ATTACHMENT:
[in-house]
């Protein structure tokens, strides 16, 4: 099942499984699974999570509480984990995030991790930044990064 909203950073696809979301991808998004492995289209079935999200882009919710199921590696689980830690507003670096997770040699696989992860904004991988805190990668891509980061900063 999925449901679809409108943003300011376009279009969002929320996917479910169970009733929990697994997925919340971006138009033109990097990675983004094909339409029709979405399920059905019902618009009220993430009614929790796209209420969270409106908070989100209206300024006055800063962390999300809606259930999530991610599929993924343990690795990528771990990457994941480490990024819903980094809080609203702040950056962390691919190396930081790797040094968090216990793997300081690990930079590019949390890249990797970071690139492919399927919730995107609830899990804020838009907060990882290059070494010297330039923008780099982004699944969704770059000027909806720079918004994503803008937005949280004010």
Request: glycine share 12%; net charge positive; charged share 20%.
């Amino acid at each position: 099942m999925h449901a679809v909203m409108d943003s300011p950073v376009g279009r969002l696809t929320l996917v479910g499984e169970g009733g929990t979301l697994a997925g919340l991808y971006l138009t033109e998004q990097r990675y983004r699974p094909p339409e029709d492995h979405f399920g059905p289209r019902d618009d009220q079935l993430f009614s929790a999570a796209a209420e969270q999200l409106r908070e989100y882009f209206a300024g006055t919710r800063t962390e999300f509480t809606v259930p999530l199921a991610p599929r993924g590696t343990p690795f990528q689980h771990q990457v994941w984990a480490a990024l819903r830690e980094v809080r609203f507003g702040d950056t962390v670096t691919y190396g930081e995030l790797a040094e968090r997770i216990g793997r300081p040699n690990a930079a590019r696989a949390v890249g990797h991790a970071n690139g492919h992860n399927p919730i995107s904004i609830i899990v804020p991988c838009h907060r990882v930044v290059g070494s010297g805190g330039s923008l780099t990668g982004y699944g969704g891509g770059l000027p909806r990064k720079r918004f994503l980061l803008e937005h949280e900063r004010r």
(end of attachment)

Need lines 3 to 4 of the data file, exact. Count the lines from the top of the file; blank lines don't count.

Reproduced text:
Request: glycine share 12%; net charge positive; charged share 20%.
């Amino acid at each position: 099942m999925h449901a679809v909203m409108d943003s300011p950073v376009g279009r969002l696809t929320l996917v479910g499984e169970g009733g929990t979301l697994a997925g919340l991808y971006l138009t033109e998004q990097r990675y983004r699974p094909p339409e029709d492995h979405f399920g059905p289209r019902d618009d009220q079935l993430f009614s929790a999570a796209a209420e969270q999200l409106r908070e989100y882009f209206a300024g006055t919710r800063t962390e999300f509480t809606v259930p999530l199921a991610p599929r993924g590696t343990p690795f990528q689980h771990q990457v994941w984990a480490a990024l819903r830690e980094v809080r609203f507003g702040d950056t962390v670096t691919y190396g930081e995030l790797a040094e968090r997770i216990g793997r300081p040699n690990a930079a590019r696989a949390v890249g990797h991790a970071n690139g492919h992860n399927p919730i995107s904004i609830i899990v804020p991988c838009h907060r990882v930044v290059g070494s010297g805190g330039s923008l780099t990668g982004y699944g969704g891509g770059l000027p909806r990064k720079r918004f994503l980061l803008e937005h949280e900063r004010r």